Tweaking Einstein - Unified Theory of Relativity
Did Einstein go wrong when he accepted Minkowski's mathematical description of space and time as a unique entity? He did, says Viraj Fernando in his recently completed "Unified Theory of Relativity". The paper, says Viraj, explains the phenomena occurring in vector fields as well as gravitational fields under the 'Universal Formal Principle' that energy has inertia, and when energy is in motion, the inertia of energy causes a resistance in the form of a drag against the background field, leading to the manifestation of various 'relativistic phenomena'.
In contrast with Franco Selleri, who proposes the use of "equivalent transformations" instead of the Lorentz transforms, Fernando says the Lorentz transformations are valid:
"We demonstrate by derivation that the physical basis of Lorentz transformation is the fact that energy has inertia, and that when energy is in motion this inertia develops a resistance to the background space. In our theory, the constancy of the velocity of light is no more a postulate as in Einstein's theory."
Fernando takes his cue from Einstein's approving view of thermodynamics, something to which not everyone would necessarily subscribe. Ken Rauen's challenge of the Second Law echoes my sentiments on that front. Sadi Carnot, says Viraj Fernando, demonstrated "the impossibility of construction of a perpetuum mobile". Well, he may have demonstrated that a periodic heat engine cannot put out more motion than the equivalent in heat put in, less some, but there apparently are ways in which novel energy generation can get around that characteristic limit of the old steam engine.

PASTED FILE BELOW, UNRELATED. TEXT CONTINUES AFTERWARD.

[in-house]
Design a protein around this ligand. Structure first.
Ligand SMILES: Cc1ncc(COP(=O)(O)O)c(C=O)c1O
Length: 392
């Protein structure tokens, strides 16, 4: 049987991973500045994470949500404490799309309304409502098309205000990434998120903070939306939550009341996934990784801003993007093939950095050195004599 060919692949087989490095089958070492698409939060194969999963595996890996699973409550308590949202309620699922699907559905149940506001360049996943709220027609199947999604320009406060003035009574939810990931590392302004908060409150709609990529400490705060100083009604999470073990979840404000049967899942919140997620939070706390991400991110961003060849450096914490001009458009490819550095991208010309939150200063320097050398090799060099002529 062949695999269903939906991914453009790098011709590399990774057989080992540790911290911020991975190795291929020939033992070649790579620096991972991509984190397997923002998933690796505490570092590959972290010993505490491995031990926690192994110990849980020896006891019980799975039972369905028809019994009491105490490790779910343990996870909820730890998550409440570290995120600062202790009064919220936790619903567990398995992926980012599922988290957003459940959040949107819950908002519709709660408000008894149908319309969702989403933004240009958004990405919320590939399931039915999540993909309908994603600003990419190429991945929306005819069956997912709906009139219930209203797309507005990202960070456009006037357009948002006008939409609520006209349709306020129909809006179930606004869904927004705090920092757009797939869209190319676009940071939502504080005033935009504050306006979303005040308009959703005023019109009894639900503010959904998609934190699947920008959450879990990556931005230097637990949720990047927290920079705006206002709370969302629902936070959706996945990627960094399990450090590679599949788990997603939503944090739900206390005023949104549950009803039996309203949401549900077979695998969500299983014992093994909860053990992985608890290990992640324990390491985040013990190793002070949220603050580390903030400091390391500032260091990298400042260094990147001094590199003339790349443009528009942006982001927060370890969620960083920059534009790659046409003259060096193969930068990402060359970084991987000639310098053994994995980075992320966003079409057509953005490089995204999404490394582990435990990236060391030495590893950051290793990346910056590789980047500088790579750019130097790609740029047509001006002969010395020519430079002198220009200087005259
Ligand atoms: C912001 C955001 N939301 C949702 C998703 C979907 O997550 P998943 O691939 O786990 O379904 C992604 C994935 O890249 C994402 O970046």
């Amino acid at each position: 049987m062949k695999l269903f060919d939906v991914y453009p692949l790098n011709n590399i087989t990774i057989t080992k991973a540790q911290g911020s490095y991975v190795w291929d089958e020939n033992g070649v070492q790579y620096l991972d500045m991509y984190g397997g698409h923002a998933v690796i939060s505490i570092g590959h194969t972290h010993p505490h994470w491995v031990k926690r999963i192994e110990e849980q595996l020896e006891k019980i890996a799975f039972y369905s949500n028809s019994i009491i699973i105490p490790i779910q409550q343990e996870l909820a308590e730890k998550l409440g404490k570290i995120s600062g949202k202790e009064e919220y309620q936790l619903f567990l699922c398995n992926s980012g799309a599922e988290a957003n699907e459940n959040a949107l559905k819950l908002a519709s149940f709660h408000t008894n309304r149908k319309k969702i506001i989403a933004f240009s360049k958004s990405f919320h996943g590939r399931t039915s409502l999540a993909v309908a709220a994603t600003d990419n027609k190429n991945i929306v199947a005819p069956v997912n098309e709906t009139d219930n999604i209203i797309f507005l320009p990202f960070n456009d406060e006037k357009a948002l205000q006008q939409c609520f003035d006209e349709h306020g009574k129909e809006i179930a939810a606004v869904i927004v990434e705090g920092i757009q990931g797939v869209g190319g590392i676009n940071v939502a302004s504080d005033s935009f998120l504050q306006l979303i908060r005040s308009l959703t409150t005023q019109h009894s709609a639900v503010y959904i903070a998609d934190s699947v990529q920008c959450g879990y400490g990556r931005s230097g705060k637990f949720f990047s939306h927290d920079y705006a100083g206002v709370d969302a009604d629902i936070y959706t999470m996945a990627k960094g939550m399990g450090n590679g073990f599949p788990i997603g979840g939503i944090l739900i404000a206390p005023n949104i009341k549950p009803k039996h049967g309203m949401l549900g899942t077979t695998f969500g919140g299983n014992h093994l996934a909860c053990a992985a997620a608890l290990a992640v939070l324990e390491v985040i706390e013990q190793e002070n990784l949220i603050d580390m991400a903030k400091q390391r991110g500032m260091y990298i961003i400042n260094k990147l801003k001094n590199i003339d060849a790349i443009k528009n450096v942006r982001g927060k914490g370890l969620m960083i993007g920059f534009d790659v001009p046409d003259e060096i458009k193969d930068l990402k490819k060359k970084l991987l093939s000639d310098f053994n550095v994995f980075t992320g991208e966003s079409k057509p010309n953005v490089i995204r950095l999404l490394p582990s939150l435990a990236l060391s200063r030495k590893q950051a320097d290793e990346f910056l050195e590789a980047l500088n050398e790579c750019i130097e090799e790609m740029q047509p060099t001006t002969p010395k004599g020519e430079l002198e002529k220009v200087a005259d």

Here follow the abstract and introduction to Viraj Fernando's paper, which you can also download in PDF format to study and comment on.
- - -
THE UNIFIED THEORY OF RELATIVITY - Viraj Fernando
The reason why we have entitled this paper as 'the Unified Theory of Relativity' is because we explain the phenomena occurring in vector fields as well as gravitational fields under the same 'Universal Formal Principle' that energy has inertia, and when energy is in motion, the inertia of energy causes a resistance in the form of a drag against the background field, leading to the manifestation of various 'relativistic phenomena'. In this paper we derive the general formula for E = Mc2(Γ-1) for kinetic energy, by way of a geometrical theorem and show how it tends to 1/2Mv2 at low velocities. We demonstrate by derivation that the physical basis of Lorentz transformation is the fact that energy has inertia, and that when energy is in motion this inertia develops a resistance to the background space. In our theory, the constancy of the velocity of light is no more a postulate as in Einstein's theory. We demonstrate with facts confirmable by experiments, that there is a physical mechanism of self-adjustment between spin and linear momenta of an energy transmission in order to move at the constant translational velocity c. We also show how the gravitational redshift, the cosmological redshift and the aberration of starlight are manifestations of this mechanism of self-adjustment between spin and linear momenta. On the basis of the same 'universal formal principle': of possession of inertia by energy, and that when energy is in motion, this inertia develops a resistance to the background field, we show how an energy transmission deflects the direction of its transmission in gravitational fields. Unlike in Einstein's theory (where two equations are involved) we not only predict the advancement of the perihelion of planets and the bending of a ray of light under one and the same equation, but we also obtain a result of very high accuracy for the bending of a ray of light by a deflection of 1.313" as against 1.74" in Einstein's theory which has an error of over 20%. This will be the decisive test between the two theories.